On Monday, May 12, Milford City Council voted to approve transfers from reserve funds to cover two project cost overruns for the city. One transfer was for $45,000 for the Washington Street Water Treatment Facility and the other was for additional costs for the remodeling of the PNC Bank building.
“There were some delays related to the Washington Street pump station which has required an additional $45,000,” said Erik Retzlaff of Davis, Bowen & Friedel. “The project was supposed to be completed January 3, but was not completed until February 5. The contract for the project allows the city to withhold up to $1,500 per day for each day the project is extended, and that totals about $20,000.” City Manager, Richard Carmean, said that the transfer of funds was to cover outstanding bills, but that the city still had funds owed to the contractor that would not be sent until the project delay situation was worked out.
The second transfer was to cover $4,090 for inspections and architectural work for the remodeling of the PNC Bank building, which is planned for use as the city’s billing office. Mr. Carmean explained that some cost overruns are to be expected in construction projects.
“For the PNC Bank building, the extra costs were for additional inspections and architectural costs we had not anticipated,” Mr. Carmean explained. “We had all the drawings done and the Fire Marshall came in and requested drawings of the basement and other floors that we did not intend to use, but since he asked for them, we had to comply. We also had to have inspectors review the vault door and determine what to do to keep it from locking. We want to keep the door for the aesthetics, it is a beautiful old door and adds to the look of the building.” Mr. Carmean also explained that the building was 80 years old, and he wanted to be sure it was structurally sound. In addition, he requested additional soil testing due to previous businesses that had been located adjacent to the bank in order to be sure the property did not need extensive clean-up work.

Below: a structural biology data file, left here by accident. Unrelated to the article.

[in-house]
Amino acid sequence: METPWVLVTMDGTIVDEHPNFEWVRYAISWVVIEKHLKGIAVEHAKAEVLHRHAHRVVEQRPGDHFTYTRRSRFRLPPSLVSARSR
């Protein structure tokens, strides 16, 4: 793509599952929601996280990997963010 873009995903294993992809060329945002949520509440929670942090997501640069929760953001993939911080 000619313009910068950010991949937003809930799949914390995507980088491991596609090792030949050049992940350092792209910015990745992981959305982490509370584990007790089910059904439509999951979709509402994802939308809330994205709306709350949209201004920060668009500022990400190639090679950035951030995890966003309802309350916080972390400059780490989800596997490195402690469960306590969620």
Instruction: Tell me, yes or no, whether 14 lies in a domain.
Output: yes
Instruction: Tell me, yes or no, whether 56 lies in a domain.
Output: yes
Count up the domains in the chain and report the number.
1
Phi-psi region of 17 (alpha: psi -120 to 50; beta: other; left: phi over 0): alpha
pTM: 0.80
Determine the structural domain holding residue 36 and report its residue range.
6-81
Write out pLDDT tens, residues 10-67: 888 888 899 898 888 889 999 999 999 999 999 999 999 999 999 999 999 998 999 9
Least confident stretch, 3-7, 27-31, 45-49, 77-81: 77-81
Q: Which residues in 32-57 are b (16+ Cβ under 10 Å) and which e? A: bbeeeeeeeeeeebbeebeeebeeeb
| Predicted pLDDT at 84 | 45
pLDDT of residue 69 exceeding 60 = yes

Councilman Dirk Gleysteen expressed concern over what appeared to be quite a few cost overruns for projects in the city, stating that it seemed as if projects were rarely under budget.
“What suggestions can you make to keep council apprised of how contracts are moving along?” Councilman Gleysteen asked Mr. Retzlaff. Mr. Retzlaff explained that when it came to construction, costs constantly change, so it is difficult to prepare for unforeseen circumstances. Mr. Retzlaff said that in the case of the Washington Street project, issues were uncovered that they did not expect, which is not unusal when dealing with a 45-year old system.
Mr. Gleysteen asked if there could be a template that would show council throughout the project to keep them informed regarding areas that are above or below budget. Mr. Carmean explained that one of the reasons he asked Mr. Retzlaff to come to council meetings was to keep council informed and to explain why a project was over or under budget.
“We have projects like Front Street where we tear the street up for one thing and find water issues we have to address,” Mr. Carmean explained. “It is those types of things that I like to have Erik come here and explain so that council has the full picture before they make any decisions.”
Council voted unanimously to transfer the funds for both projects from reserves into the General Fund.